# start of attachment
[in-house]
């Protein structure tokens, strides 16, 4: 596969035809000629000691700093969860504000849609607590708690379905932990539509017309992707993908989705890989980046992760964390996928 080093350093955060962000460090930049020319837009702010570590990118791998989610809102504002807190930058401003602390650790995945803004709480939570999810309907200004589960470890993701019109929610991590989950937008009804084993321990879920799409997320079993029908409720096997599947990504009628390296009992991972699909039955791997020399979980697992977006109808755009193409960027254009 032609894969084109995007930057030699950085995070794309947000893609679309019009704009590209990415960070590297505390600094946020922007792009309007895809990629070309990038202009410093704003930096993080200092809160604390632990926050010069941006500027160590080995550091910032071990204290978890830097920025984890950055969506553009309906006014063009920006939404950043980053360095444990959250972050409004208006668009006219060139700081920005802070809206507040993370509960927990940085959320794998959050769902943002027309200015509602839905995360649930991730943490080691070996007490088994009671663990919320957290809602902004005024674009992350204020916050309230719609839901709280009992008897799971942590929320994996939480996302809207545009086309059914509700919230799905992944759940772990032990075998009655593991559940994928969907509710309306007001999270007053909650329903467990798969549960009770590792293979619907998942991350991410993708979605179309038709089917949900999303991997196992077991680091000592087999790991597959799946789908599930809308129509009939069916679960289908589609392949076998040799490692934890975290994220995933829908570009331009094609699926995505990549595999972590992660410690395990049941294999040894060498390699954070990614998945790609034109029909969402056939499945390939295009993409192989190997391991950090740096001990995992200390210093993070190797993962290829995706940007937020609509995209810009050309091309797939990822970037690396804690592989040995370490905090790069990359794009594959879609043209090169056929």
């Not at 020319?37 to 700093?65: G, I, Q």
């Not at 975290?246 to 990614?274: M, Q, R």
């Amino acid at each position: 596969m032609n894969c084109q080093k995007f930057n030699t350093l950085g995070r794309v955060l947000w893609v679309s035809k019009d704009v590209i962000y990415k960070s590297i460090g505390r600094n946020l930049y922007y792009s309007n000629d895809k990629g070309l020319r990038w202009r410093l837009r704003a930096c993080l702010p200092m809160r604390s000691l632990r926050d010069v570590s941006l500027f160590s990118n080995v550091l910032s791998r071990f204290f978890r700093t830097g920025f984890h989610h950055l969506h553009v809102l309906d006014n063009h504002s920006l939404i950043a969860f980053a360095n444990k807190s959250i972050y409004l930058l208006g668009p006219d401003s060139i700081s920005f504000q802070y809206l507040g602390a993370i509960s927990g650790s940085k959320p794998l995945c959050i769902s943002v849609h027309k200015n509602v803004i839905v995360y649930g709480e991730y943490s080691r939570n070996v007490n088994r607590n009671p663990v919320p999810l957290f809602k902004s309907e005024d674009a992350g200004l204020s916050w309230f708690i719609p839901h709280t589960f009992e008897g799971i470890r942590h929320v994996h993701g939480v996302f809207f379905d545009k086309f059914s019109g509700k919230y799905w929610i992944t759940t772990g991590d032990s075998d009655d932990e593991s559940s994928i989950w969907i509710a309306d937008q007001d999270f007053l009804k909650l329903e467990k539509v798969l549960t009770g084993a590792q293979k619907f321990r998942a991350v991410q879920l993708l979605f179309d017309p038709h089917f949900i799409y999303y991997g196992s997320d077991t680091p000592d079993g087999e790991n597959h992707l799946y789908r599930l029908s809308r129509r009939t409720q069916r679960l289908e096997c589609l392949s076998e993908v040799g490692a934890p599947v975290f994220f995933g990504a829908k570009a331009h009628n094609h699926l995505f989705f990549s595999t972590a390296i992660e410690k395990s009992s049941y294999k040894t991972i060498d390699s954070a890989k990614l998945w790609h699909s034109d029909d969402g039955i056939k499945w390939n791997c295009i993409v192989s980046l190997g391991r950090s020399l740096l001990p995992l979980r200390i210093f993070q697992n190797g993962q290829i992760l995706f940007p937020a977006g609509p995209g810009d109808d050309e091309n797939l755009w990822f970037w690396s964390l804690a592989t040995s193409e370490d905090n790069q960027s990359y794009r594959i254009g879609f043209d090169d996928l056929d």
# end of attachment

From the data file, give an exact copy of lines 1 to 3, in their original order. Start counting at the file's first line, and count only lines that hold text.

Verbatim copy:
[in-house]
């Protein structure tokens, strides 16, 4: 596969035809000629000691700093969860504000849609607590708690379905932990539509017309992707993908989705890989980046992760964390996928 080093350093955060962000460090930049020319837009702010570590990118791998989610809102504002807190930058401003602390650790995945803004709480939570999810309907200004589960470890993701019109929610991590989950937008009804084993321990879920799409997320079993029908409720096997599947990504009628390296009992991972699909039955791997020399979980697992977006109808755009193409960027254009 032609894969084109995007930057030699950085995070794309947000893609679309019009704009590209990415960070590297505390600094946020922007792009309007895809990629070309990038202009410093704003930096993080200092809160604390632990926050010069941006500027160590080995550091910032071990204290978890830097920025984890950055969506553009309906006014063009920006939404950043980053360095444990959250972050409004208006668009006219060139700081920005802070809206507040993370509960927990940085959320794998959050769902943002027309200015509602839905995360649930991730943490080691070996007490088994009671663990919320957290809602902004005024674009992350204020916050309230719609839901709280009992008897799971942590929320994996939480996302809207545009086309059914509700919230799905992944759940772990032990075998009655593991559940994928969907509710309306007001999270007053909650329903467990798969549960009770590792293979619907998942991350991410993708979605179309038709089917949900999303991997196992077991680091000592087999790991597959799946789908599930809308129509009939069916679960289908589609392949076998040799490692934890975290994220995933829908570009331009094609699926995505990549595999972590992660410690395990049941294999040894060498390699954070990614998945790609034109029909969402056939499945390939295009993409192989190997391991950090740096001990995992200390210093993070190797993962290829995706940007937020609509995209810009050309091309797939990822970037690396804690592989040995370490905090790069990359794009594959879609043209090169056929």
């Not at 020319?37 to 700093?65: G, I, Q």